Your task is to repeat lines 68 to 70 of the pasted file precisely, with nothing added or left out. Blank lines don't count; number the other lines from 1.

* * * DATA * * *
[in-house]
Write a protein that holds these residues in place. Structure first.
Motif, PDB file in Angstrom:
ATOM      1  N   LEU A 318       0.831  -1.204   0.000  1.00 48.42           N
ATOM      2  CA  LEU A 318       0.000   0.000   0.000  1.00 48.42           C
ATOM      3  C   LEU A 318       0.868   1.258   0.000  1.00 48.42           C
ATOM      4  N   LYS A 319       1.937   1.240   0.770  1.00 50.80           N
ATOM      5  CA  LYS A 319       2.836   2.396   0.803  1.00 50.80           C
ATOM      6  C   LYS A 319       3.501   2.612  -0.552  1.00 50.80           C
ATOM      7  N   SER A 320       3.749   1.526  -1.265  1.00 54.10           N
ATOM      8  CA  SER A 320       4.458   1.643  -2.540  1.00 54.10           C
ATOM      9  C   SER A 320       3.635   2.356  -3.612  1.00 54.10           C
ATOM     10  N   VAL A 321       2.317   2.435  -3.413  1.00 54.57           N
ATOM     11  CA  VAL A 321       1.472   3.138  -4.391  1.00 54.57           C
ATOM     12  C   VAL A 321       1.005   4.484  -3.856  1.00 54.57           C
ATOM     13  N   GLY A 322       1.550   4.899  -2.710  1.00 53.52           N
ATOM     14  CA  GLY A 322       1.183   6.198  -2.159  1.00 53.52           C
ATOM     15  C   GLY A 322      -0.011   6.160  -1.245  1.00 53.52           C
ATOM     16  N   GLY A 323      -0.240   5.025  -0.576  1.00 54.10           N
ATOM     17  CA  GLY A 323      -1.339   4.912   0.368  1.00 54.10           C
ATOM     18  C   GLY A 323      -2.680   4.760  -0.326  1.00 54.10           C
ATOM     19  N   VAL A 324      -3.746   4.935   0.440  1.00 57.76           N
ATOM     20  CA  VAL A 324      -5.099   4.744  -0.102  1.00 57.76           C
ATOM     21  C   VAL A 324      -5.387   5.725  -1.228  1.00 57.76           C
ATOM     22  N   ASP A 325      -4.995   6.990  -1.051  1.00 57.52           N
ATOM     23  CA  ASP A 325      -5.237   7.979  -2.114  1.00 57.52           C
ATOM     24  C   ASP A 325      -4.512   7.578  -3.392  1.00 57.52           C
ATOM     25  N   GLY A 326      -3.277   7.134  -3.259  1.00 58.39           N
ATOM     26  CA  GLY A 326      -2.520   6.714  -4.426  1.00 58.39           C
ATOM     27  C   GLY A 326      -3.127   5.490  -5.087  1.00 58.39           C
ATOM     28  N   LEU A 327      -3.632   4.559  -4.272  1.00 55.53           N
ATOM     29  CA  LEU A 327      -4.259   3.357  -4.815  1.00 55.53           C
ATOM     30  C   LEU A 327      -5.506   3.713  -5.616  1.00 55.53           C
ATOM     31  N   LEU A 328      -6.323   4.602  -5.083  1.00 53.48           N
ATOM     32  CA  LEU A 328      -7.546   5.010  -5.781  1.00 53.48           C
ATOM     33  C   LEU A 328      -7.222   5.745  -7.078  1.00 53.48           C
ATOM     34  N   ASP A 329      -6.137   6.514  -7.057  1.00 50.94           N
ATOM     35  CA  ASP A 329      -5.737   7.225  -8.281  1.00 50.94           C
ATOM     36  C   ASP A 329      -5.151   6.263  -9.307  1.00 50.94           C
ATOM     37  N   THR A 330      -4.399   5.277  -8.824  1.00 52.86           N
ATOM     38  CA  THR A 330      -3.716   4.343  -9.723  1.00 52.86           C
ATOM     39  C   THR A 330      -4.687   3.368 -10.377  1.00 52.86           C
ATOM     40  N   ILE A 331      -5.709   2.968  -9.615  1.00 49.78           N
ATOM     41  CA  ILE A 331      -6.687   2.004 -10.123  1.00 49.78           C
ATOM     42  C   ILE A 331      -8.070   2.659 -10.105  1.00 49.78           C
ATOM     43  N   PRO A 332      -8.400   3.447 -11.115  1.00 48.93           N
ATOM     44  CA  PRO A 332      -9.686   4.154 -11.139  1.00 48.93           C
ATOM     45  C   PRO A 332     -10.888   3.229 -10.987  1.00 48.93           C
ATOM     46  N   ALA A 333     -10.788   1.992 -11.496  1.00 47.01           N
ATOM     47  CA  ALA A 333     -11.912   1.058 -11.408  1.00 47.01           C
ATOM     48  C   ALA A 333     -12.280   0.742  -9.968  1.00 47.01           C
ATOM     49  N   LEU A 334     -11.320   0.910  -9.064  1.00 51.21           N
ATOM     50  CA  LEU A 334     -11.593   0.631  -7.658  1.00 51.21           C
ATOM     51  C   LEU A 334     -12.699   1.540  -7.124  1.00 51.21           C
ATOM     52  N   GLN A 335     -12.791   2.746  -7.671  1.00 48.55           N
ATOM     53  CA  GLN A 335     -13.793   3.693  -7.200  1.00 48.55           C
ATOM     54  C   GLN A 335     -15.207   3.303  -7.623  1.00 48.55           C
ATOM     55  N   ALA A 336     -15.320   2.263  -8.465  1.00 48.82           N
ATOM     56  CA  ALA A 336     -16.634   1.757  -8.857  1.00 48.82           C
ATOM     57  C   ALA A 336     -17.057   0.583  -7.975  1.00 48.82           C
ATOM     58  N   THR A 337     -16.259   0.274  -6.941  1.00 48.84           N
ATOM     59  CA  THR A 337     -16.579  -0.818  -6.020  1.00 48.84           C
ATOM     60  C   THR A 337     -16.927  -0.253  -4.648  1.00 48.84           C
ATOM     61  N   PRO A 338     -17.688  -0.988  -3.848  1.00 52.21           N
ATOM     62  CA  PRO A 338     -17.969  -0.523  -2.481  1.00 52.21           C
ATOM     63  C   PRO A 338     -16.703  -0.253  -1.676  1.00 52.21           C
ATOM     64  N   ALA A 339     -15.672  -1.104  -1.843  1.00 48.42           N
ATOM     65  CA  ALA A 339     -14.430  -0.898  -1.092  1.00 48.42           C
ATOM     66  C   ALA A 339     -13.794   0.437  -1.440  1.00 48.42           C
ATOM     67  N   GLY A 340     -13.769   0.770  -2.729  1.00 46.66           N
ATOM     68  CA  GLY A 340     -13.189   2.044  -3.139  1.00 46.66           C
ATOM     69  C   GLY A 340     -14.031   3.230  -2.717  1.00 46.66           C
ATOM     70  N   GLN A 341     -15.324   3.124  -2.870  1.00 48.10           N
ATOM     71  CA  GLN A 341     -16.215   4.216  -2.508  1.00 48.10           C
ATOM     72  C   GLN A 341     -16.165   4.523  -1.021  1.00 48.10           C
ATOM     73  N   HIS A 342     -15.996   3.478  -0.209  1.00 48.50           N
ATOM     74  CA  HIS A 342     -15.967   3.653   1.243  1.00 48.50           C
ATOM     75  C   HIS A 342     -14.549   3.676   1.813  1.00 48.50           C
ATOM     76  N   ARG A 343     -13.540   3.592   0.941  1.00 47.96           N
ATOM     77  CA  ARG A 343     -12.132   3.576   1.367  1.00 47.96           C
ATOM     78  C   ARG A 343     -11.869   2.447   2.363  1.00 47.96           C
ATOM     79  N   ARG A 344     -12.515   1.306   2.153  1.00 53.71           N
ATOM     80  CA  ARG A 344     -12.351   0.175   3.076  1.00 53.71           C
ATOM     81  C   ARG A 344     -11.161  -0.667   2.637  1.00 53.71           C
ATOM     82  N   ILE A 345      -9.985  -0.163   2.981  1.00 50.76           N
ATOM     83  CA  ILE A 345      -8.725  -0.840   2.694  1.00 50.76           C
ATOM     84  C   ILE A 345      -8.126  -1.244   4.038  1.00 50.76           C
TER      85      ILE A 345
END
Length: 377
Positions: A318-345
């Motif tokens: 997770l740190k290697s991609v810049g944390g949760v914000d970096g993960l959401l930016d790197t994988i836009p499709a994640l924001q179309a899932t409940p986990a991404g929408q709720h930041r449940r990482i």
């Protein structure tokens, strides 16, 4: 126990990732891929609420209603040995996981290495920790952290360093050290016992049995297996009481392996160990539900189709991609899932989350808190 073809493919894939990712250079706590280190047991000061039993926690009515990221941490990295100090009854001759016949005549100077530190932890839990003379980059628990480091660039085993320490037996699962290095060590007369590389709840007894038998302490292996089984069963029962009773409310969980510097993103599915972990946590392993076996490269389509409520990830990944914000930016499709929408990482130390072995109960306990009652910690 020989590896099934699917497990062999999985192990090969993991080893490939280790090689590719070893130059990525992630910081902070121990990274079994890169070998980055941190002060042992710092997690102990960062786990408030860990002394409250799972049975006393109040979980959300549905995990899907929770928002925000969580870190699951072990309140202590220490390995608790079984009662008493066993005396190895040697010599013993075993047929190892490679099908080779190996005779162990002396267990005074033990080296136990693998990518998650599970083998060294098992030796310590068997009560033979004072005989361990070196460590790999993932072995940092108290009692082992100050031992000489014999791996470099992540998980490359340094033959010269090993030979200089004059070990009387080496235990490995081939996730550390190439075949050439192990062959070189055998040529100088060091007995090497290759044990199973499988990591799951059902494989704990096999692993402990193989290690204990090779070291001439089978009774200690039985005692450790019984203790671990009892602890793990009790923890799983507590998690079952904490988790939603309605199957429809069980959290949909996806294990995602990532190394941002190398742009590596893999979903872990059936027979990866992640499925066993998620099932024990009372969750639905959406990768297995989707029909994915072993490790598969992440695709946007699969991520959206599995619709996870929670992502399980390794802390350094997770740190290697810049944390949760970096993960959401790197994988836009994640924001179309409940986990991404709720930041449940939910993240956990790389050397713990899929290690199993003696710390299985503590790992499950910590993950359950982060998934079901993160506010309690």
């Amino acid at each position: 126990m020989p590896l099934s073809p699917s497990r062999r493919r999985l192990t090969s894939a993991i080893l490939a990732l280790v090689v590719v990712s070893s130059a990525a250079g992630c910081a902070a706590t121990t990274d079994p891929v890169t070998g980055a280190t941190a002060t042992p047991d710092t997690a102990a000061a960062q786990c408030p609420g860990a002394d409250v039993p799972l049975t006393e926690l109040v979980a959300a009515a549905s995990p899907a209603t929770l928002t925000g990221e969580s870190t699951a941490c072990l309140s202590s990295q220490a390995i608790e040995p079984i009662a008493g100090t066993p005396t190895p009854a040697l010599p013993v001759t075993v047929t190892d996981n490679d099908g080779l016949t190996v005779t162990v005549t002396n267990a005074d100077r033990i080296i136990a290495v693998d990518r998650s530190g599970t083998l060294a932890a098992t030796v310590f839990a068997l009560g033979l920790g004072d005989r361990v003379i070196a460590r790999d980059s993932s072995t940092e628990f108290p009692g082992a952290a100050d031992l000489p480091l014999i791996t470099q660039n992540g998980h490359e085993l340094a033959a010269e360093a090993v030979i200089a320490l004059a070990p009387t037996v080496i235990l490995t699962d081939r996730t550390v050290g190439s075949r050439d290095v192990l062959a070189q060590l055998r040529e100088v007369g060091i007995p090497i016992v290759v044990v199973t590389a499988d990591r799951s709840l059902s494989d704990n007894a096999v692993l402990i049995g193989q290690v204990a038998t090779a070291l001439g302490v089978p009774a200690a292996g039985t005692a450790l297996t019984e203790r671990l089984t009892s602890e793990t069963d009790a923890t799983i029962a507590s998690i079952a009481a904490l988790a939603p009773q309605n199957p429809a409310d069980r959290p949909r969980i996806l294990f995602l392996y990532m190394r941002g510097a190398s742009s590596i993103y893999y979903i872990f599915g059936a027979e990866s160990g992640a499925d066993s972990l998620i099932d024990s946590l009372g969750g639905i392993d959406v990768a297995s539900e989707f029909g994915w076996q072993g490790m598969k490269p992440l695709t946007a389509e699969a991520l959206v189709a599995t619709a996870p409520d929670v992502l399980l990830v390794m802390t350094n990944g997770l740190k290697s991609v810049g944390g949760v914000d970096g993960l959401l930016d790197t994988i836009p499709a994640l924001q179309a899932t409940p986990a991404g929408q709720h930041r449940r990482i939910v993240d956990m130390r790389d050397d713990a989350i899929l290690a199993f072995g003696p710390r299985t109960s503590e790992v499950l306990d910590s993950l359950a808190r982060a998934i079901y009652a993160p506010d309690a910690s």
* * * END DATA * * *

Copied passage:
ATOM     65  CA  ALA A 339     -14.430  -0.898  -1.092  1.00 48.42           C
ATOM     66  C   ALA A 339     -13.794   0.437  -1.440  1.00 48.42           C
ATOM     67  N   GLY A 340     -13.769   0.770  -2.729  1.00 46.66           N